[maemo-users] Nokia: Linux Needs to Learn Business

From: Graham Cobb g+770 at cobb.uk.net
Date: Sat Jun 14 00:23:15 EEST 2008
On Friday 13 June 2008 21:28:09 Steve Brown wrote:
> We/I want
> to buy, and work on open devices. It's really as simple as that. 

I would like to do that as well.  But I don't see any such devices being 
created.  (I would also like a flying car).  Android most certainly is not 
that.  And no GSM device which was completely open would get type approval to 
be legal in the EU.

If you do not want to use or contribute to a device which is not completely 
open that is, of course, your choice.  I, on the other hand, am willing to 
work on a device which provides an open application environment and an SDK -- 
that is the key thing for me.  US-style application locks (which, 
fortunately, have always been rare in the GSM world) are what I really object 

Of course, you are entitled to think that I am selling out a point of 
principle.  And I may think that you are being unrealistic.  Agreeing to 
differ is perfectly fine -- but please do not speak for me.

> And you 
> know, it's fine if Nokia doesn't want to take the risk of being one of the
> first, but it just makes me sad to see how misinformed Jaaksi is to think
> he can reason us out of what we want and how he doesn't see the potential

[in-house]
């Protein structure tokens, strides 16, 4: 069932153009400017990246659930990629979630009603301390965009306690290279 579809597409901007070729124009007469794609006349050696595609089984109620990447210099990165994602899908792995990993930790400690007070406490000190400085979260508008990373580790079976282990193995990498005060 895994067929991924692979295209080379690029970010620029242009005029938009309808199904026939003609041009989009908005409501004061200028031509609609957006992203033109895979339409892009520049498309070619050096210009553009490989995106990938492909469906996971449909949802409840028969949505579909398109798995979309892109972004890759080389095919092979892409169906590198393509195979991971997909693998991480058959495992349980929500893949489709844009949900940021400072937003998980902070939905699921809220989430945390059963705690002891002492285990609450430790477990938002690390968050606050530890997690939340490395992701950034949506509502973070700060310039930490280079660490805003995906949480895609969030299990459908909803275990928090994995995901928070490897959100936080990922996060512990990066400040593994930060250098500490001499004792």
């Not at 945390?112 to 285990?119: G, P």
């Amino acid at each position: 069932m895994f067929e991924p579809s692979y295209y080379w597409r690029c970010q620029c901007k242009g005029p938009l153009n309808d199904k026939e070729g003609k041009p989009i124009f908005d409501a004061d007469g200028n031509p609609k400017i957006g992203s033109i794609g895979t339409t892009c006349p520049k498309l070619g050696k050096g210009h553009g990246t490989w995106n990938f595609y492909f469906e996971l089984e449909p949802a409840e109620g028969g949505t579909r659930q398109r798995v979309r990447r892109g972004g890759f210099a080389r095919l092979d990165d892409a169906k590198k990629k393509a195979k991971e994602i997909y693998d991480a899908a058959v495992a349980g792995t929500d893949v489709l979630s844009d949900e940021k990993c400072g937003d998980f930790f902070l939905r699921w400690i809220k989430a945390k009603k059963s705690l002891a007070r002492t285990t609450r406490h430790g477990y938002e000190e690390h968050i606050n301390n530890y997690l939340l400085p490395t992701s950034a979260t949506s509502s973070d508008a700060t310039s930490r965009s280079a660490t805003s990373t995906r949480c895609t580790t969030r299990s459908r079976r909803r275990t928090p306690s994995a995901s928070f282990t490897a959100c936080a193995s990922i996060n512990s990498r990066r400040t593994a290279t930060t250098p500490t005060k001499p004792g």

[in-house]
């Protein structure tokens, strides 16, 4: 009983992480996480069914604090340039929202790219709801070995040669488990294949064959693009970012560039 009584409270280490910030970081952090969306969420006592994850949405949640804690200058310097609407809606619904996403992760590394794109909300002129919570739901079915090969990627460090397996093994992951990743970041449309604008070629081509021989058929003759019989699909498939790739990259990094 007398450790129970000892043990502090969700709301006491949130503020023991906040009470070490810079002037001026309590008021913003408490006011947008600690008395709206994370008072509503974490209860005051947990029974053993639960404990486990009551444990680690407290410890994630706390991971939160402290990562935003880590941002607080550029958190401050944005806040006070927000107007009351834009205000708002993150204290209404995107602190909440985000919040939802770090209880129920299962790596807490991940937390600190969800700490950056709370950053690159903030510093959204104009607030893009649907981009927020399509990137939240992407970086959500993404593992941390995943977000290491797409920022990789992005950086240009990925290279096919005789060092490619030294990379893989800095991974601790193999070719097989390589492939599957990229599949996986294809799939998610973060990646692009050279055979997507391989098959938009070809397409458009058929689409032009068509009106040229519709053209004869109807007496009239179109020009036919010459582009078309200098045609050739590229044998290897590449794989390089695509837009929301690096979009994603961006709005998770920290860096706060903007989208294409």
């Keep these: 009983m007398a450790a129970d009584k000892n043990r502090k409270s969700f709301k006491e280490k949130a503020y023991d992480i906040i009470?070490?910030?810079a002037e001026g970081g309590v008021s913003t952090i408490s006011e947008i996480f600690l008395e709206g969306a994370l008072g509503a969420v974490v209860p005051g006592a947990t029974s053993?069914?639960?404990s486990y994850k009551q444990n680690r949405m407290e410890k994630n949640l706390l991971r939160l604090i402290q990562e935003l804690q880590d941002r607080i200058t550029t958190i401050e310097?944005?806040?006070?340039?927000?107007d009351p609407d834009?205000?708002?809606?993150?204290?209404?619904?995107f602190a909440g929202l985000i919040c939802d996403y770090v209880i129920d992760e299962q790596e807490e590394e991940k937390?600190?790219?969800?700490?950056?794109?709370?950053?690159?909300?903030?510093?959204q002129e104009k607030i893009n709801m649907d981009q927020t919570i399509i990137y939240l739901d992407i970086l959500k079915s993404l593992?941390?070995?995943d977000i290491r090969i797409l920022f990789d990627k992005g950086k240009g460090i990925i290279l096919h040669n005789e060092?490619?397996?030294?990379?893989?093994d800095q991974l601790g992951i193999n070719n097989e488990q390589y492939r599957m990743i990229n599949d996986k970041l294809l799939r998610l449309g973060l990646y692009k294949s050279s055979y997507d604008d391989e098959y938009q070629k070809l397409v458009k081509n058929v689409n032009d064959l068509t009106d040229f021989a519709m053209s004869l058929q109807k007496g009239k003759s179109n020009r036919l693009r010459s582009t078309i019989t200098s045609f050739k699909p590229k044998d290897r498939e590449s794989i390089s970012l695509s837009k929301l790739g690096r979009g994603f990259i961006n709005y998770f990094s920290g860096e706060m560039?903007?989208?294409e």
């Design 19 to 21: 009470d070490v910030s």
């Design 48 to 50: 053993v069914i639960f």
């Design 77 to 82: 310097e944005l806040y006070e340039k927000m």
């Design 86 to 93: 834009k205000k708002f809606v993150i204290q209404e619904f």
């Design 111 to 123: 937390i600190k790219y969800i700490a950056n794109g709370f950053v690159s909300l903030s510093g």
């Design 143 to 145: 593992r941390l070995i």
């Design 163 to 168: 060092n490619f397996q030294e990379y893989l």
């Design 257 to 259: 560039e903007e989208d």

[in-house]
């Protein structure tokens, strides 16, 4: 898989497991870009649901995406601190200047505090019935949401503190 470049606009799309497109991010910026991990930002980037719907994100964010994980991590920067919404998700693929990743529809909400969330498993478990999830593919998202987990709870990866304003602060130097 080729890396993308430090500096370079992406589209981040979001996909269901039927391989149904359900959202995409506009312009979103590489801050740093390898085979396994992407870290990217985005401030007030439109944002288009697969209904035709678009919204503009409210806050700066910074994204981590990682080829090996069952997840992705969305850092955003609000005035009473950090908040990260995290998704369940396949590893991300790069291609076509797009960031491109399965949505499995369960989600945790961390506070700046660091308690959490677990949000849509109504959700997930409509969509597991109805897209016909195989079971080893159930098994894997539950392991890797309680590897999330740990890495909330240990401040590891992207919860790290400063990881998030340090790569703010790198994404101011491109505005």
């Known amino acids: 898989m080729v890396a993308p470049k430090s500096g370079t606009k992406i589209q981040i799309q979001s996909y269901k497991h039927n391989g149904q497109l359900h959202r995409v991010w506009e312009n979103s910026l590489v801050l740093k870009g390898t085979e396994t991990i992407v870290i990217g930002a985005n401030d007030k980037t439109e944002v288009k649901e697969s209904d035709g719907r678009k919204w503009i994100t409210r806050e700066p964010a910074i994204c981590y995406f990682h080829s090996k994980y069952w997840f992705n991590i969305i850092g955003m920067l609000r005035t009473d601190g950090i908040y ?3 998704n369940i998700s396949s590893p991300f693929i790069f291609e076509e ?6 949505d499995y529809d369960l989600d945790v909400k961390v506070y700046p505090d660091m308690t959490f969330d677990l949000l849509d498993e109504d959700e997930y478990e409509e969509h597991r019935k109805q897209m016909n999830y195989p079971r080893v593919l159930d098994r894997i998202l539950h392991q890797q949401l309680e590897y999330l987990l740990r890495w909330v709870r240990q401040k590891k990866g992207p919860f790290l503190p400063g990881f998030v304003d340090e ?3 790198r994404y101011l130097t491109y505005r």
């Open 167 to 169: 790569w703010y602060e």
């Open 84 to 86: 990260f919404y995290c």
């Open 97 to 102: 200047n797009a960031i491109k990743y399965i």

> of what open source can bring Nokia (and he's the head of open-source
> operations!!). Now he just wants to get and not give, but I can understand
> that, it just seems to be the viewpoint of someone who doesn't know alot
> about how this open source thingy works, that's all. Maybe Nokia should
> have someone in that position who understands F/OSS...

I think he/they do understand it quite well.  F/OSS is a broad community with 
many different views, including yours, and mine (and many others).  Much of 
the community (although not you, and many others who share your views) are 
willing to contribute without complete openness.

My personal "rules" (which define what I will or will not do, but which I do 
not try to impose on others) is that I am willing to tolerate the notion of 
commercial subsidy with some restrictions: I tolerate sim-locks, which allow 
the toys I want to be made available to me for less cost in exchange for a 
reasonable restriction (like not using it on another operator for 18 months).  
In practice, I accept it if it seems like a fair deal: I insist that the 
device is also available not locked, for a reasonable price and that the 
discount for the sim lock is considerable and the lock for a limited time.  
In those circumstances I think sim-locks are perfectly reasonable.

On the other hand, I do not tolerate DRM in its current form because it is not 
a fair deal.  Typically the content being protected by DRM is not available 
for a reasonable price without DRM, the DRM does not provide me with a 
considerable discount, and the DRM restrictions do not expire after a 
reasonable time.  My objection to DRM is not one of principle: it is one of 

I would be interested in engaging in a dialogue with Nokia to see if they 
would espouse some similar sorts of fairness principles, in exchange for some 
of us accepting the things he talks about and contributing to devices which 
include them.

> I'm just glad that, in the meantime, I'm going to have open alternatives.

What open alternatives?  That is a serious question -- I personally know of no 
manufacturer making devices which are more open than the Internet Tablets and 
would be interested to know what is/will be available.


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